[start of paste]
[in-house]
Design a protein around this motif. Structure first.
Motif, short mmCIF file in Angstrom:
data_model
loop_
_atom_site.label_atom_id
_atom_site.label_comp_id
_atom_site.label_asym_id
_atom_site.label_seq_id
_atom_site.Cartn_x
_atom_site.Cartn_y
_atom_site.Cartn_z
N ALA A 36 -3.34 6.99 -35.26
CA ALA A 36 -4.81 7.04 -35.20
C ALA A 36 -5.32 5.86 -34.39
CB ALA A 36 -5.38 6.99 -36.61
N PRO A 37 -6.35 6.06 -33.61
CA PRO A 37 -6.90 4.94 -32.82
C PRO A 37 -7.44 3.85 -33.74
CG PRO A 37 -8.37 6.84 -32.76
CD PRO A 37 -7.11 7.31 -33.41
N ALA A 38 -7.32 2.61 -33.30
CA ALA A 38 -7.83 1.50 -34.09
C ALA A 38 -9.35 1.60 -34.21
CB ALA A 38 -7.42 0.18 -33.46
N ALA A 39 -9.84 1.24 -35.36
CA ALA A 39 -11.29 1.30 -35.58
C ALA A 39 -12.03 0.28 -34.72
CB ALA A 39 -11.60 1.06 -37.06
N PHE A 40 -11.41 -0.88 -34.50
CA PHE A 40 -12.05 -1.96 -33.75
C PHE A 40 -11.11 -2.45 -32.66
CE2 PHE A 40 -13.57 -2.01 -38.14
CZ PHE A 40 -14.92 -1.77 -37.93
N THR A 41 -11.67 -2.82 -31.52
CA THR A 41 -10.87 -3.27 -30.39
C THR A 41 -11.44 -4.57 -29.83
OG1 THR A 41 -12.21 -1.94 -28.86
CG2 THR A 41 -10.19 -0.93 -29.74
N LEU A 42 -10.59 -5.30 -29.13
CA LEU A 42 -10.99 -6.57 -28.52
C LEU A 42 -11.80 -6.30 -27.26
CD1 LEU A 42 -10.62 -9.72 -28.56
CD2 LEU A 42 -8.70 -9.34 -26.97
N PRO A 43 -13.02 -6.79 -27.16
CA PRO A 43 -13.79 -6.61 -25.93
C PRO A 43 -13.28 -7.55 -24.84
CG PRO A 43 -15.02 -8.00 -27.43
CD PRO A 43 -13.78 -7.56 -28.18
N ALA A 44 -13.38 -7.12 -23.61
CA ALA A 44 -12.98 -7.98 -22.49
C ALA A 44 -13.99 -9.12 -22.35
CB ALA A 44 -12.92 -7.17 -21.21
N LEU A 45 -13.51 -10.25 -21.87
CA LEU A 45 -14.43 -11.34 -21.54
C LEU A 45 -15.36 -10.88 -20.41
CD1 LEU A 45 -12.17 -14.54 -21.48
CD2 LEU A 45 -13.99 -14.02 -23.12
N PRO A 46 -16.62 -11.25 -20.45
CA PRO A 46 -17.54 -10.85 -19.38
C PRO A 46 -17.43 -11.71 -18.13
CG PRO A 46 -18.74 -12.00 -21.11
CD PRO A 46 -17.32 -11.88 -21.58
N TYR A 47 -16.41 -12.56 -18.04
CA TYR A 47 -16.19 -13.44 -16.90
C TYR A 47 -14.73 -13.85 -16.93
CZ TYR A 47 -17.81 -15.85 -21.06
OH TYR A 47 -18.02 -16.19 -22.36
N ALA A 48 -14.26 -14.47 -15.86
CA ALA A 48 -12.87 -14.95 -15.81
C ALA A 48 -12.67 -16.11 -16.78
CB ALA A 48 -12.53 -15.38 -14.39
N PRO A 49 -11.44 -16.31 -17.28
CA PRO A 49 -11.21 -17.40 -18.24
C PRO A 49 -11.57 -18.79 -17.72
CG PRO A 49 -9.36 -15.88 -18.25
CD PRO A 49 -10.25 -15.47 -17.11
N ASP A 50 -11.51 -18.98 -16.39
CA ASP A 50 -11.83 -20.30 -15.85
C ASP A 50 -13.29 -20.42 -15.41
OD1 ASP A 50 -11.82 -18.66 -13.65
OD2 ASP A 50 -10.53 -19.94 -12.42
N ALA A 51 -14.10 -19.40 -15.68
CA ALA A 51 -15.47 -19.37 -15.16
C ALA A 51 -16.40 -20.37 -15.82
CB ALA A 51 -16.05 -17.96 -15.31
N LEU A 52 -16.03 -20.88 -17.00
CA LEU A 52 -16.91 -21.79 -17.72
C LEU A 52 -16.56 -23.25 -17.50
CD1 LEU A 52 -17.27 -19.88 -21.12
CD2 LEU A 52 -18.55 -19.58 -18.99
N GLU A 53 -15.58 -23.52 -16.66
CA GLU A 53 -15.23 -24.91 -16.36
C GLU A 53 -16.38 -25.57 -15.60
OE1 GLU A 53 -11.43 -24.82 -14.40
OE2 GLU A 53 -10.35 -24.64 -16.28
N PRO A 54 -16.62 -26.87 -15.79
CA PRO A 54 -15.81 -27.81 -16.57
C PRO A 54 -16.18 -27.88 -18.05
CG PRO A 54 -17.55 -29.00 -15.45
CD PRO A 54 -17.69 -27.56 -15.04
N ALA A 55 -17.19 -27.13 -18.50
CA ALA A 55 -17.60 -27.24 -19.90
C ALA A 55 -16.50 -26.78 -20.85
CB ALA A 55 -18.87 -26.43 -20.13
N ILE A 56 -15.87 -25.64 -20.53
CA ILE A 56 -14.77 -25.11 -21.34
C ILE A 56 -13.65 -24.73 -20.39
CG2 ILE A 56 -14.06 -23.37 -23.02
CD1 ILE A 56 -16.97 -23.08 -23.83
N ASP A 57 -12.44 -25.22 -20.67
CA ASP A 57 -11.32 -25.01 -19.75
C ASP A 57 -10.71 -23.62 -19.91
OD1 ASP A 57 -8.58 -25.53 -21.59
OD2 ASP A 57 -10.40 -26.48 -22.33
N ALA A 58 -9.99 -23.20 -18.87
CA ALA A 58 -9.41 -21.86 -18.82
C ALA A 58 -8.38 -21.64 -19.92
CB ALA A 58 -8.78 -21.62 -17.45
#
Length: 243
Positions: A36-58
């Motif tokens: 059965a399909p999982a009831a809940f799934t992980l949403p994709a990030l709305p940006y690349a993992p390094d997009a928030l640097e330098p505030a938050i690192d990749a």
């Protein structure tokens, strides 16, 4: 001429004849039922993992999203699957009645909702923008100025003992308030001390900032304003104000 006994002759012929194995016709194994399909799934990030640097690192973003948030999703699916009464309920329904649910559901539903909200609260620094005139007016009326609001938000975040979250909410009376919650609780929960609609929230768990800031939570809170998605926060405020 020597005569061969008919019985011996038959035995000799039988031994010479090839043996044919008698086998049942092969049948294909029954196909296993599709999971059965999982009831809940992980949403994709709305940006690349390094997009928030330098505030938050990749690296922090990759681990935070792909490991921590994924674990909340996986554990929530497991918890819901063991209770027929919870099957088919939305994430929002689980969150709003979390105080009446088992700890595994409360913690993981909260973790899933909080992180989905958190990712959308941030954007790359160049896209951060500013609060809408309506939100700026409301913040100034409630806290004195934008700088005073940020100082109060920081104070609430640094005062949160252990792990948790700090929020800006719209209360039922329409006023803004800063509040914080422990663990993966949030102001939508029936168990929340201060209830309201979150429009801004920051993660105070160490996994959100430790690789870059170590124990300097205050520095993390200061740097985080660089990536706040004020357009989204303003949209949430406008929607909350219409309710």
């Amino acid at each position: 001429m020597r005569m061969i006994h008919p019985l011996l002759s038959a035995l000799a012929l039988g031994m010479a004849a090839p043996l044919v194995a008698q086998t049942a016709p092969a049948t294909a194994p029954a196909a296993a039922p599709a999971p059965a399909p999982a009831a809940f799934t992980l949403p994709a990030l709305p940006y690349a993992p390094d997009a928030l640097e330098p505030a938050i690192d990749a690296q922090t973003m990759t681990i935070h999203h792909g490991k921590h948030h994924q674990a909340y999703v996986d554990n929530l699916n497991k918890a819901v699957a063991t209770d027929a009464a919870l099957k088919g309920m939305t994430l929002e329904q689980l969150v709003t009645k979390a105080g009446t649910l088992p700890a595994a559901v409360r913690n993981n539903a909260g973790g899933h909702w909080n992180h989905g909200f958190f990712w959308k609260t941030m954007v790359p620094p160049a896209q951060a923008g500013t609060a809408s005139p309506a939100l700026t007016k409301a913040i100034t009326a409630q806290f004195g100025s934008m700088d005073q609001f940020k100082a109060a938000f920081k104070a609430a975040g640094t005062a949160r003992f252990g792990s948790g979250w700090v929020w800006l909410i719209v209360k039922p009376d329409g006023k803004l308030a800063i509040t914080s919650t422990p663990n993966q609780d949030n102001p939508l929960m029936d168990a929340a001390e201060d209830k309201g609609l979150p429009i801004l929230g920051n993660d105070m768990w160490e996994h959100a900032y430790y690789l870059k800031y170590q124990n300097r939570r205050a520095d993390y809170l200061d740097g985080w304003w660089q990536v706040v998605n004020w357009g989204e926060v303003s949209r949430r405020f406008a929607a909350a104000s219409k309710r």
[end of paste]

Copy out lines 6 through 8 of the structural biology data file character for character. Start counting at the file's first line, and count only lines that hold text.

_atom_site.label_atom_id
_atom_site.label_comp_id
_atom_site.label_asym_id